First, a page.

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As I am sure is true of many others, Wicked was what really sparked my love of modern musical theater. As a kid, I had played the West Side Story soundtrack on repeat, but Wicked was unlike anything I had ever heard. I was lucky enough to finally see the show in 2010 after years of obsessing over it. Seeing it again on the most recent run, I was expecting it to be a thoroughly nostalgic experience, which indeed it was. But I also found that now that I’m old enough to see nuances within a show, Wicked delivers a whole new meaning. After viewing the production presented at the Orpheum, I determined this is why the show is a modern classic: it is fun and bubbly, with thoroughly beltable tunes, but when looked at on a deeper level, it is complex and meaningful beyond its accessible surface.

 

Wicked is a prequel and retelling of the Wizard of Oz, specifically Glinda and Elphaba's journey to becoming Glinda and The Wicked Witch of the West. Starting out from their time in college as roommates to the end of the classic Oz story we all know and love, the story incorporates messages of animal rights and other social issues, many of which stem from Elphaba’s experience living in the world with green skin. These themes are so multifaceted that everyone seems to come out of it with a different message, making the show extremely adaptable to all audiences.

 

I can only imagine that touring in this show nationally is a dream job for so many, so there was undoubtedly no shortage of talent for the roles of Elphaba and Glinda. Luckily, the casting directors chose Jessica Vost and Ginna Claire Mason, respectively. Jessica Vost brings powerhouse vocals paired with the perfect amount of quirkiness to the role of Elphaba, while Ginna Claire Mason brought a more operatic vocal range to Glinda. The contrast of the pair’s voices shined in numbers such as For Good, the two's final goodbye that is as pure and beautiful as it is heartbreaking.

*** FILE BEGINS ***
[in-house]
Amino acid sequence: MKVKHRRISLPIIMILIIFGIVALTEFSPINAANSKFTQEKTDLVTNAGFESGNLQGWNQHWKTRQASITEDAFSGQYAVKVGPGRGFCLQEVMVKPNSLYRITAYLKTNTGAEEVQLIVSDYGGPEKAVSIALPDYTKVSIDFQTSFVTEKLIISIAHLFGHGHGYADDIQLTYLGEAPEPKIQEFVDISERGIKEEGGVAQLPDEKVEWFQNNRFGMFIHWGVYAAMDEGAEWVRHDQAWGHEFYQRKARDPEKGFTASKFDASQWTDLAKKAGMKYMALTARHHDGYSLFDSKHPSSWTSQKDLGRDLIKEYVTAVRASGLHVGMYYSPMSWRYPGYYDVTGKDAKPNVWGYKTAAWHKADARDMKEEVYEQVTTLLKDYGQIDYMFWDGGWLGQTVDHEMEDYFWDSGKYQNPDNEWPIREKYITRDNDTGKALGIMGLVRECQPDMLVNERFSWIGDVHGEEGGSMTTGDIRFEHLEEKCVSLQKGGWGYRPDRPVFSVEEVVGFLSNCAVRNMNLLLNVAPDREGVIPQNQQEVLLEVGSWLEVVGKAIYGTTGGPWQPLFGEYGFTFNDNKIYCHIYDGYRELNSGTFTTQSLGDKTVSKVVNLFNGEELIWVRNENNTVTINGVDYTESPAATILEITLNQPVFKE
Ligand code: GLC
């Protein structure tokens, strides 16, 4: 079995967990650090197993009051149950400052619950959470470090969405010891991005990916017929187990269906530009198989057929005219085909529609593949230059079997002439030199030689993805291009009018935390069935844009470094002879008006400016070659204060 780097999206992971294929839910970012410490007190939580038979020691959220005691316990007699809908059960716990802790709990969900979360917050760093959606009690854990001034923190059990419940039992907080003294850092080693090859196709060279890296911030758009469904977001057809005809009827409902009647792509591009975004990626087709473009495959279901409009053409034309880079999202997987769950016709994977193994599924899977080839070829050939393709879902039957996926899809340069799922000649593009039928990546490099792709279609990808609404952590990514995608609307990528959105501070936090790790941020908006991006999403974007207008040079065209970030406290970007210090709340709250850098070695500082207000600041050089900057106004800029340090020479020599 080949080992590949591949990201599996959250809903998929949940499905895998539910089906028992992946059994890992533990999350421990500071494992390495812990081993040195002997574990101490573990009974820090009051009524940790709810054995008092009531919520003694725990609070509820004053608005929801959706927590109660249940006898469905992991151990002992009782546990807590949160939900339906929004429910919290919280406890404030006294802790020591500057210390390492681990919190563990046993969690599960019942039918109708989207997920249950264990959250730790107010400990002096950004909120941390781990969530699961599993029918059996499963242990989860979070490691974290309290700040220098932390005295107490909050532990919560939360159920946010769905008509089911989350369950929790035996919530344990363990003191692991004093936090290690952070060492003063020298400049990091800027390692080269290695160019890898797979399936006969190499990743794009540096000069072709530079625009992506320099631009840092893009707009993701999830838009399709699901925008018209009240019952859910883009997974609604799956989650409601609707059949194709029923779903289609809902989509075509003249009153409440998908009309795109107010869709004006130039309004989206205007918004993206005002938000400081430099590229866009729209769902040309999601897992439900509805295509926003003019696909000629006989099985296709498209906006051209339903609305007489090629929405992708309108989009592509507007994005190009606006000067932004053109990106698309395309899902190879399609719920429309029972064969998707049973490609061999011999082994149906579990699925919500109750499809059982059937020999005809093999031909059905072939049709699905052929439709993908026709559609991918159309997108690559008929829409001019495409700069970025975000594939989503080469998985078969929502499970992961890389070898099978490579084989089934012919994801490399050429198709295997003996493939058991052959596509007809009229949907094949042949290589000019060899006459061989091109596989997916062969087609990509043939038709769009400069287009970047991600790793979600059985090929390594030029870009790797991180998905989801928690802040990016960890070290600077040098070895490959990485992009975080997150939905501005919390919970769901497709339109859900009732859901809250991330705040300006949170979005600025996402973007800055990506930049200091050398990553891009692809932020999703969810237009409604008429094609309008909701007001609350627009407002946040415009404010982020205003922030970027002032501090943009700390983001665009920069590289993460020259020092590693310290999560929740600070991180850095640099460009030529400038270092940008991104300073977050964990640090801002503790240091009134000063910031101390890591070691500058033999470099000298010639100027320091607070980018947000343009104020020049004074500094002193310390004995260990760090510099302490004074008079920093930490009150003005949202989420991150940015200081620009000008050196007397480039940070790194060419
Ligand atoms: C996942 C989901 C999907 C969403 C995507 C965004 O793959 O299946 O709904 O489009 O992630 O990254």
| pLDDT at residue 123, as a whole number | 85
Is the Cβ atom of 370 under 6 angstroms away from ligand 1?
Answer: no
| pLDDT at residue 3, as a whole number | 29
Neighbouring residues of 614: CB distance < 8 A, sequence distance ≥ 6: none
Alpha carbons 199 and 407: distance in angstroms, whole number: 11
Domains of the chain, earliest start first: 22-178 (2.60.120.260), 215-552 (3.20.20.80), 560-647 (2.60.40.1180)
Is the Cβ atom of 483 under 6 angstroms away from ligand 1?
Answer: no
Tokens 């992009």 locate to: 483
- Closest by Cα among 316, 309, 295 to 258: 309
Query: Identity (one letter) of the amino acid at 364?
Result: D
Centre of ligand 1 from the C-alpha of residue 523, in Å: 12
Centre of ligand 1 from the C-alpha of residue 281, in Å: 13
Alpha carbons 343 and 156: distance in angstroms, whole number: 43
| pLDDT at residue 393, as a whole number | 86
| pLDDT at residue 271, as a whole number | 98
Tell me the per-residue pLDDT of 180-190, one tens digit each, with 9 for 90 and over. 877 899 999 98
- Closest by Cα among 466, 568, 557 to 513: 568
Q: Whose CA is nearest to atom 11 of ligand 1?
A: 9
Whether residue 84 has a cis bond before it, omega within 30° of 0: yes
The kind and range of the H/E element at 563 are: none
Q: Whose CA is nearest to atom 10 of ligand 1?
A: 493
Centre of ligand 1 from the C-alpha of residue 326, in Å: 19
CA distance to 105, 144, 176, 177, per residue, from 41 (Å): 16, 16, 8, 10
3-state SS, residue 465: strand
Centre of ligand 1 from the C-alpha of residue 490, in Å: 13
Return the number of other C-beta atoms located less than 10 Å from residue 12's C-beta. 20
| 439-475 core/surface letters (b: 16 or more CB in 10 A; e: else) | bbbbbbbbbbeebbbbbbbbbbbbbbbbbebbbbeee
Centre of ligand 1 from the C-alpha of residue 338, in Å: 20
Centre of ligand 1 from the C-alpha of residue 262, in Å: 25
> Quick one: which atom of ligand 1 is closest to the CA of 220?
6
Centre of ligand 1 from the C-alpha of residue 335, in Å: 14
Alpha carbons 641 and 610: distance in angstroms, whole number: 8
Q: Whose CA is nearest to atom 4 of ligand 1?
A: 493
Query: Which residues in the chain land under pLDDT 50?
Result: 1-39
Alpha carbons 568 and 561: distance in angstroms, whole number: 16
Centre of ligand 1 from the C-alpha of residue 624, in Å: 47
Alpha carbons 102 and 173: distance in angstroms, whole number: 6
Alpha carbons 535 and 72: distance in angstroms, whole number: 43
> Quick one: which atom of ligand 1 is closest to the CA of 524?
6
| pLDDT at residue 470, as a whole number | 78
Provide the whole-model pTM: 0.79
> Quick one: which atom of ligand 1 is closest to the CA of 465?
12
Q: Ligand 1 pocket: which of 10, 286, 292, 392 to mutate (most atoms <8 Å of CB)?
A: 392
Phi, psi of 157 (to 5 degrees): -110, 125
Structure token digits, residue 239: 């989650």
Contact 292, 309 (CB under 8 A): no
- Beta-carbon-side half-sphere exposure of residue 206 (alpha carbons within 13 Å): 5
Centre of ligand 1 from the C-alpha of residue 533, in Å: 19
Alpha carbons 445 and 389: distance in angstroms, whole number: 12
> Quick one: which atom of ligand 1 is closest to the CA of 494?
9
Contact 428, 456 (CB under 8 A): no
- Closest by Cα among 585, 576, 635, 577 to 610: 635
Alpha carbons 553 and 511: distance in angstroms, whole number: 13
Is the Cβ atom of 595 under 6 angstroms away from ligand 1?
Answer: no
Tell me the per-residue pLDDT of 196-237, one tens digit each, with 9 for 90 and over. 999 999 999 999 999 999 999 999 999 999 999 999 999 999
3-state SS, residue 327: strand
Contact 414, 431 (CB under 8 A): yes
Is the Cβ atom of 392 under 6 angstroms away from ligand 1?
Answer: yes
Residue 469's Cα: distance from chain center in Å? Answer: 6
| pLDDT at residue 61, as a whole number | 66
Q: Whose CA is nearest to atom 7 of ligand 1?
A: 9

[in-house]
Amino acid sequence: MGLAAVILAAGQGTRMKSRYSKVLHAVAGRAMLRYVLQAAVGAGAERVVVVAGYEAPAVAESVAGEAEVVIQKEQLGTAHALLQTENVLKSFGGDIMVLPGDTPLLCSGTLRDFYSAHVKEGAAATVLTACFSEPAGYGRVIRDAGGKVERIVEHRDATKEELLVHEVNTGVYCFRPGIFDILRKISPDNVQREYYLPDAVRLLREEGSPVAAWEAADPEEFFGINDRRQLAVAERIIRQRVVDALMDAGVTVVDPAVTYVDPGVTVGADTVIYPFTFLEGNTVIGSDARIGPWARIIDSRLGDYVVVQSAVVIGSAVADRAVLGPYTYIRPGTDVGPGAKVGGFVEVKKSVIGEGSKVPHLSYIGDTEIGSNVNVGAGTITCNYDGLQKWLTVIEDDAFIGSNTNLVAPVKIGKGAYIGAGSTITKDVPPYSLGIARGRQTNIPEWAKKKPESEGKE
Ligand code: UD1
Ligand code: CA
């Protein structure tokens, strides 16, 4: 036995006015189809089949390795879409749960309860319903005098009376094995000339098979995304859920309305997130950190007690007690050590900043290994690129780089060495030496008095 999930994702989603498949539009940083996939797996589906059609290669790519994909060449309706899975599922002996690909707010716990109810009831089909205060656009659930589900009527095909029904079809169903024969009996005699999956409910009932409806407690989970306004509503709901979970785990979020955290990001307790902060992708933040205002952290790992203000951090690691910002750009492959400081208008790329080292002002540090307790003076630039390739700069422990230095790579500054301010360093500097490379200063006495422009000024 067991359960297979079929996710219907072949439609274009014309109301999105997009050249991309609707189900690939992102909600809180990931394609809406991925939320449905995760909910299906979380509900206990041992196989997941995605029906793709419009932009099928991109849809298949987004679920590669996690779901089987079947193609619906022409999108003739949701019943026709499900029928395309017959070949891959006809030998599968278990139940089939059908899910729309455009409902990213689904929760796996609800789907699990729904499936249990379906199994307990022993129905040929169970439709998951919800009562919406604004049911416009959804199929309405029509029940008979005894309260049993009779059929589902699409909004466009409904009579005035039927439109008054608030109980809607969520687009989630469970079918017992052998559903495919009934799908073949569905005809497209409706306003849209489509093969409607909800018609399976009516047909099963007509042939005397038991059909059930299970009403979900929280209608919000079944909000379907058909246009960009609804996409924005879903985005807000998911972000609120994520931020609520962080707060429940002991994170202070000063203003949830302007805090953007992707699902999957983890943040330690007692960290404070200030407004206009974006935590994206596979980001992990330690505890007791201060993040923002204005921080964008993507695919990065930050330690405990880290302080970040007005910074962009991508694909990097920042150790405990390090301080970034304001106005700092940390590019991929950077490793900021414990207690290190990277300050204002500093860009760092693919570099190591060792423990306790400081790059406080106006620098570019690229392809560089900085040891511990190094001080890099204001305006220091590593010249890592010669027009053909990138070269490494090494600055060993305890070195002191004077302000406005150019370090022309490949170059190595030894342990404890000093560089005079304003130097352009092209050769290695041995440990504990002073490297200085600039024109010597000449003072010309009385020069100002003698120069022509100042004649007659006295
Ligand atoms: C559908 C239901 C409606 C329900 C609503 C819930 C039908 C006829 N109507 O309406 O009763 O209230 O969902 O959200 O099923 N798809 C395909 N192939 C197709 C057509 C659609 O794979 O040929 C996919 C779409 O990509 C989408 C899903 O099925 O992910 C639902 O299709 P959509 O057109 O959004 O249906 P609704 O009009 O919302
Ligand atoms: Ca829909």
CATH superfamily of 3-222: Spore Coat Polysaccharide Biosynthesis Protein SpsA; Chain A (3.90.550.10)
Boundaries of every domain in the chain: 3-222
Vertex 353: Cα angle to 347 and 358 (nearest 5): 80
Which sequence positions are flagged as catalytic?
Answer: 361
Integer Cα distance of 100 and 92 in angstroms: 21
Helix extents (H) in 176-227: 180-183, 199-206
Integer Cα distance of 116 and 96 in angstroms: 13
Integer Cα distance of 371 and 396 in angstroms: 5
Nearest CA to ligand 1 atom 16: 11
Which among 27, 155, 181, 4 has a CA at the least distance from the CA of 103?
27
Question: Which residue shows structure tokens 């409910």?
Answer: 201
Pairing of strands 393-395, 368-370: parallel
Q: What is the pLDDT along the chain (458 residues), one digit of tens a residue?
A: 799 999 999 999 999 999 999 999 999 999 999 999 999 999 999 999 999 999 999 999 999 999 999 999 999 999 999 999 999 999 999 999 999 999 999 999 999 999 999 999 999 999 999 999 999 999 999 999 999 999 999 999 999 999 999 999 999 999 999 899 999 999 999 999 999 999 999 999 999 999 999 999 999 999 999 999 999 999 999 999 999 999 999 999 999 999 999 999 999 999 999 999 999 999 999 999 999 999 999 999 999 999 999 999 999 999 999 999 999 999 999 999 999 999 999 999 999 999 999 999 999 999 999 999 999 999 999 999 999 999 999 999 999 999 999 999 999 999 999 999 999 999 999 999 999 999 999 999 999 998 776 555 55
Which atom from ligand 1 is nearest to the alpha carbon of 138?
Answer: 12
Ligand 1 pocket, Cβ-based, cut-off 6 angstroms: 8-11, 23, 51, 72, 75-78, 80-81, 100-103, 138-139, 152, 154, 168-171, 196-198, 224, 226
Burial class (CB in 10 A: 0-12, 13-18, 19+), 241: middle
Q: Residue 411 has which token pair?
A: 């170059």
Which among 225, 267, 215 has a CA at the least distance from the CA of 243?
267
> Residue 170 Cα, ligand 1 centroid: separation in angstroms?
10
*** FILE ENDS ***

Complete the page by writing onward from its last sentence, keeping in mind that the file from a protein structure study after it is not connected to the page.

As you’d expect from a long-touring show, the creative team has the set down. Gears and other clockwork elements add to a steampunk feel throughout the show and incorporates the ongoing theme of time. Eugene Lee, the set designer, balances the practicalities of stagecraft while still being able to create a thoroughly whimsical set. Costume designer Susan Hilferty tells a story with her choices, illustrating Elphaba’s development from shy schoolgirl to a wicked witch, and coming up with gorgeous gowns along the way.


Wicked truly has something for everyone: for a younger crowd, it has bubbly characters, colorful sets, and plenty of whimsy. While everyone else can undoubtedly enjoy these, the show has plenty of thought provoking themes for those who choose to look deeper. All of this, paired with music ranging from funny to inspirational, creates a show that will hold up for years to come, generation after generation.

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